top of page
Search
  • Writer's pictureLife Made Simple Physio

Climbing the walls…and the stairs!

With bonfire night now a distant memory, we are sure it will not have escaped your attention that Christmas is on its way and the preparations might well be underway. Some find this time of year is great fun, and others will be climbing the walls to get everything ready in time. It reminds of our topical blog from January 2021 on the theme of climbing the stairs, and we revisit this below.


Perhaps there will be a lot of this climbing in the next weeks as festive decorations are retrieved from lofts, and presents are hidden under beds, to name a few tasks. Our blog looks at the possible issues.


Climbing the stairs

Physiotherapy work is as varied as the clients we help. A week’s appointments can range from supporting an individual’s sporting goals, to helping a client recover from an accident, to assisting with a long-term injury. All our work is rewarding – however, there are some exceptional moments that make our role particularly special.


We have recently engaged with an older client who suffered a serious fall in the spring of 2020. The accident left her hospitalised for twelve weeks and with severely reduced mobility on her return home. Taking great care around the (now largely past) issues of COVID-19 also slowed progress, meaning that sometimes the client was climbing the walls, rather than attempting the stairs!


Given the severity of the injuries, recovery has been slow and at times frustrating for the client, who approached Life Made Simple Physiotherapy for help in speeding her return to fuller physical health.


Fear of movement


A common psychological issue faced by those who have suffered serious injury is a fear of movement.


Concern that the body will not behave as it used to can prevent an individual from resuming day to day functions. An excellent example is that of the client mentioned above, who has not been able to climb the stairs in her house in a normal manner since her fall. Through physiotherapy and discussion, we identified that the main factor was fear of a further accident, rather than lack of physical capability.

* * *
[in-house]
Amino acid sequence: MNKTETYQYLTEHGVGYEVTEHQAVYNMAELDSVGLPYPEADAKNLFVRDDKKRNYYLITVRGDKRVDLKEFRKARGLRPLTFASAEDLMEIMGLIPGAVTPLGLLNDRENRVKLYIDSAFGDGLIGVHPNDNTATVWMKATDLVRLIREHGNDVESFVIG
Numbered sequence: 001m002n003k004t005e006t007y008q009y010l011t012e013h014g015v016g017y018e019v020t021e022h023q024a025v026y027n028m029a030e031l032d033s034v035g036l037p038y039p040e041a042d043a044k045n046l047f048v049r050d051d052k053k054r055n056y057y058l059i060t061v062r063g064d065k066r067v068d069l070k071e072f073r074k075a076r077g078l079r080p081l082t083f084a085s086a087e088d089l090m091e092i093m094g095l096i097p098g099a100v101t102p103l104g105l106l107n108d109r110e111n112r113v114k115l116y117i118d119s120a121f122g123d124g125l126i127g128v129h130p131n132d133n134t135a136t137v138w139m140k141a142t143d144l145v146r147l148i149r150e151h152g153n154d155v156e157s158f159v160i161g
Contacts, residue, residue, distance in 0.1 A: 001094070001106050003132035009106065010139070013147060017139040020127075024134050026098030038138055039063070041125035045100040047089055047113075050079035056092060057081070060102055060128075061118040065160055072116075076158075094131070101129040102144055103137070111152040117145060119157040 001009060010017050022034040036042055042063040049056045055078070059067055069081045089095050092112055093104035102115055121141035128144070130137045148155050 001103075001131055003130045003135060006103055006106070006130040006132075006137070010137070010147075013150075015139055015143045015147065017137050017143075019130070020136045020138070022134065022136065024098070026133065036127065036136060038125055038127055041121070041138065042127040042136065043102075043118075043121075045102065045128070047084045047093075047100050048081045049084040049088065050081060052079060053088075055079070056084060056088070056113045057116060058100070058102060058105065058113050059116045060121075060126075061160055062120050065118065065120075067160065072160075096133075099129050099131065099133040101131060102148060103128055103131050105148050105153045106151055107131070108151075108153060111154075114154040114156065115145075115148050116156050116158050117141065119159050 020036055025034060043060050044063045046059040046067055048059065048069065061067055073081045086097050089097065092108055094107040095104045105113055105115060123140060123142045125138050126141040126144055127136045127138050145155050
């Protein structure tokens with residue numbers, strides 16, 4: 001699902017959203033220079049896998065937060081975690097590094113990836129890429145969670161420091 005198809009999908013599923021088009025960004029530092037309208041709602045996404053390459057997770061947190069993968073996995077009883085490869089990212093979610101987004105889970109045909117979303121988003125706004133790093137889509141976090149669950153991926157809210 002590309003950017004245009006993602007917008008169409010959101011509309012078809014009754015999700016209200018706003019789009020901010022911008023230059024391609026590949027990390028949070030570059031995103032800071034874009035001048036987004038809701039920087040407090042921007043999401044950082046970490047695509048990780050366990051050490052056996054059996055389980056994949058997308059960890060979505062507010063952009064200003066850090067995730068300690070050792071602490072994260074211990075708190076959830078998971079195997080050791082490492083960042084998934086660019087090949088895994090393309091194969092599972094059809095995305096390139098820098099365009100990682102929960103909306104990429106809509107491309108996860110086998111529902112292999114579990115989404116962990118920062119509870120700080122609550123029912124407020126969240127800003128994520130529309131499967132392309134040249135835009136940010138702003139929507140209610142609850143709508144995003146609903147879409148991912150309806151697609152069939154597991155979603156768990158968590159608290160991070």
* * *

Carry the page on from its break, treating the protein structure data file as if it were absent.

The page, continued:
Following just a few physiotherapy sessions, the client is now able to walk upstairs without help and with confidence: hugely rewarding for her, and for Life Made Simple Physiotherapy.


Change your behaviour


Another common factor in slow recovery from injury can be a tendency to behave as an invalid. Extended stays in hospital or long-term medical treatment can – understandably – change how a person feels about themselves and their physical capabilities. Altering this thought process can really help in recovery, to bring the focus back to an ‘I can do this’ attitude rather than an ‘I’m too injured to do this’ outlook.


Referring back to our older client mentioned above, following her accident, she had been sitting in a wheelchair in the daytime, as in the first few months she found it easier to sit and rise from the higher seat. However, the habit persisted and some ten months on, nothing had changed. A simple transfer to a normal chair, with a firm seat and supportive arms, has helped to make her feel part of family life again, rather than someone, as our patient suggests, to be ‘looked after’, and has boosted her confidence to try new exercises and activities around the house.


Simple can be good


Sometimes it’s the simplest changes that can be the most effective, although often it takes a fresh pair of eyes and professional knowledge to identify where changes can and should be made.


Life Made Simple Physiotherapy can help in your journey of recovery and rehabilitation.


Contact Us


We look forward to helping you with your physiotherapy needs. If you are interested in our services feel free to call us on 07309 272 555 or email Physio@Lifemadesimple.co.uk. Life Made Simple - expert physiotherapy in Guildford and Surrey.

8 views0 comments
bottom of page